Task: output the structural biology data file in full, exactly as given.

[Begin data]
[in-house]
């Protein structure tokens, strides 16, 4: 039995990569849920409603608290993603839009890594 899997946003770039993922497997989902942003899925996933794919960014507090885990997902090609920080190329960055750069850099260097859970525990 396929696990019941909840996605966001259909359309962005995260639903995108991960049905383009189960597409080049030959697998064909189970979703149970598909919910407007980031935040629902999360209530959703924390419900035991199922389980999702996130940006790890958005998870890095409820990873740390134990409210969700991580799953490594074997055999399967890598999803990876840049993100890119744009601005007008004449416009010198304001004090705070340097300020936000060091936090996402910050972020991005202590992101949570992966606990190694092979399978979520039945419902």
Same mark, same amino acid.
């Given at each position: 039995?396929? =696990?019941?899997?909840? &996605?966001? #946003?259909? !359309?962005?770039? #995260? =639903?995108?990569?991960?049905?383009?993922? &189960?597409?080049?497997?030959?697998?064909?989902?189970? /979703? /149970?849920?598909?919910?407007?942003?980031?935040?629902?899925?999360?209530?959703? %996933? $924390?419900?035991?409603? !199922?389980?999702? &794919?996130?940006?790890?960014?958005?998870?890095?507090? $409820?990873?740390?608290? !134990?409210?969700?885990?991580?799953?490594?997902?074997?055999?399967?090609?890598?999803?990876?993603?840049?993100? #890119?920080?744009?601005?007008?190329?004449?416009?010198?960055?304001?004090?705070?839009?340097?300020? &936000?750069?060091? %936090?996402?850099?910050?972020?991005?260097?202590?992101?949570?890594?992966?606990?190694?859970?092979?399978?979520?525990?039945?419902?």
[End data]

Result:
[in-house]
């Protein structure tokens, strides 16, 4: 039995990569849920409603608290993603839009890594 899997946003770039993922497997989902942003899925996933794919960014507090885990997902090609920080190329960055750069850099260097859970525990 396929696990019941909840996605966001259909359309962005995260639903995108991960049905383009189960597409080049030959697998064909189970979703149970598909919910407007980031935040629902999360209530959703924390419900035991199922389980999702996130940006790890958005998870890095409820990873740390134990409210969700991580799953490594074997055999399967890598999803990876840049993100890119744009601005007008004449416009010198304001004090705070340097300020936000060091936090996402910050972020991005202590992101949570992966606990190694092979399978979520039945419902």
Same mark, same amino acid.
């Given at each position: 039995?396929? =696990?019941?899997?909840? &996605?966001? #946003?259909? !359309?962005?770039? #995260? =639903?995108?990569?991960?049905?383009?993922? &189960?597409?080049?497997?030959?697998?064909?989902?189970? /979703? /149970?849920?598909?919910?407007?942003?980031?935040?629902?899925?999360?209530?959703? %996933? $924390?419900?035991?409603? !199922?389980?999702? &794919?996130?940006?790890?960014?958005?998870?890095?507090? $409820?990873?740390?608290? !134990?409210?969700?885990?991580?799953?490594?997902?074997?055999?399967?090609?890598?999803?990876?993603?840049?993100? #890119?920080?744009?601005?007008?190329?004449?416009?010198?960055?304001?004090?705070?839009?340097?300020? &936000?750069?060091? %936090?996402?850099?910050?972020?991005?260097?202590?992101?949570?890594?992966?606990?190694?859970?092979?399978?979520?525990?039945?419902?």